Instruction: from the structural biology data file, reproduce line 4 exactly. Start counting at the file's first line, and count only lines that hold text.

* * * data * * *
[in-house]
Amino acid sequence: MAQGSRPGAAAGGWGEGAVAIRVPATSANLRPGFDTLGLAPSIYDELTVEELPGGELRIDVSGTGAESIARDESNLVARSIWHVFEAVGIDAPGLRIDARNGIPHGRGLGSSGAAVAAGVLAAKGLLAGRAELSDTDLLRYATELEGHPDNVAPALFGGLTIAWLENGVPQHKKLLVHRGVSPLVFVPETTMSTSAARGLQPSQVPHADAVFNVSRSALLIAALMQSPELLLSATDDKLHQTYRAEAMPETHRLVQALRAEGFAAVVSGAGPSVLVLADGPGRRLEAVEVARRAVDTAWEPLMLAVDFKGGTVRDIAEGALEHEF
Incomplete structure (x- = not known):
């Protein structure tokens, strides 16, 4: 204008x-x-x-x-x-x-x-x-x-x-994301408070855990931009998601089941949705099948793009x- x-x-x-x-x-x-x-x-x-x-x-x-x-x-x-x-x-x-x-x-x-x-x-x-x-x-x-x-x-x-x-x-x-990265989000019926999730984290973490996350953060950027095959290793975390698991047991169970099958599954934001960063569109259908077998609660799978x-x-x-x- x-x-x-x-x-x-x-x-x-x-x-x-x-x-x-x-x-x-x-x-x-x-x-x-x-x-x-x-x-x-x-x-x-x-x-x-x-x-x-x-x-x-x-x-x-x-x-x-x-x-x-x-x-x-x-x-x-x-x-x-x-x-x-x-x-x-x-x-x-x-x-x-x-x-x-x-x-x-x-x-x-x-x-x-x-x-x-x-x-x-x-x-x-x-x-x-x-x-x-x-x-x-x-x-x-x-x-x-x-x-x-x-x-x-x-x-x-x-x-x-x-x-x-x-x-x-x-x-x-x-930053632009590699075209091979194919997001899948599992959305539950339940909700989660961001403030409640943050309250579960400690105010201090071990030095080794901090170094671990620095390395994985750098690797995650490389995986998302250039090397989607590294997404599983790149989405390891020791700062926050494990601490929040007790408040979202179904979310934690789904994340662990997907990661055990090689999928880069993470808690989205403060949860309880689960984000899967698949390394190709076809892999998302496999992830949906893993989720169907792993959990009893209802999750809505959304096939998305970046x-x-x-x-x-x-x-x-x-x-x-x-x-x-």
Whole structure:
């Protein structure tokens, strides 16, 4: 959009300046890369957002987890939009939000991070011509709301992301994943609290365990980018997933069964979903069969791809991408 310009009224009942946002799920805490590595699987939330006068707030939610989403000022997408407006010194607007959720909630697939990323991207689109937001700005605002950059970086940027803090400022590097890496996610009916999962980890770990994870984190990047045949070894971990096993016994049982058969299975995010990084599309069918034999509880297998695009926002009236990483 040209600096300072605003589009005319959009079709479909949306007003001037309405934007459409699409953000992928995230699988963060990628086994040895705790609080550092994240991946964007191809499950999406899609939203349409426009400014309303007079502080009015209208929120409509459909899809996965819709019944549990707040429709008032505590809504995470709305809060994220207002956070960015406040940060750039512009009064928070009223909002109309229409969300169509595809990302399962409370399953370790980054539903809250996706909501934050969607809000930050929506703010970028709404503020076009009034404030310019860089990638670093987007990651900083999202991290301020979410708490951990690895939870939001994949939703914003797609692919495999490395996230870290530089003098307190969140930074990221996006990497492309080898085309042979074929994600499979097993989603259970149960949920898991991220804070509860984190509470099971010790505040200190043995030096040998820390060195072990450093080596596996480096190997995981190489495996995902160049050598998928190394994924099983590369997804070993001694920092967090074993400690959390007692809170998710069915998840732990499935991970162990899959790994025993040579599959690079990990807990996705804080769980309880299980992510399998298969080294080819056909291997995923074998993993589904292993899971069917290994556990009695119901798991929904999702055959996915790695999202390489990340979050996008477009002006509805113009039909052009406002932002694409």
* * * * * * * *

């Protein structure tokens, strides 16, 4: 204008x-x-x-x-x-x-x-x-x-x-994301408070855990931009998601089941949705099948793009x- x-x-x-x-x-x-x-x-x-x-x-x-x-x-x-x-x-x-x-x-x-x-x-x-x-x-x-x-x-x-x-x-x-990265989000019926999730984290973490996350953060950027095959290793975390698991047991169970099958599954934001960063569109259908077998609660799978x-x-x-x- x-x-x-x-x-x-x-x-x-x-x-x-x-x-x-x-x-x-x-x-x-x-x-x-x-x-x-x-x-x-x-x-x-x-x-x-x-x-x-x-x-x-x-x-x-x-x-x-x-x-x-x-x-x-x-x-x-x-x-x-x-x-x-x-x-x-x-x-x-x-x-x-x-x-x-x-x-x-x-x-x-x-x-x-x-x-x-x-x-x-x-x-x-x-x-x-x-x-x-x-x-x-x-x-x-x-x-x-x-x-x-x-x-x-x-x-x-x-x-x-x-x-x-x-x-x-x-x-x-x-930053632009590699075209091979194919997001899948599992959305539950339940909700989660961001403030409640943050309250579960400690105010201090071990030095080794901090170094671990620095390395994985750098690797995650490389995986998302250039090397989607590294997404599983790149989405390891020791700062926050494990601490929040007790408040979202179904979310934690789904994340662990997907990661055990090689999928880069993470808690989205403060949860309880689960984000899967698949390394190709076809892999998302496999992830949906893993989720169907792993959990009893209802999750809505959304096939998305970046x-x-x-x-x-x-x-x-x-x-x-x-x-x-």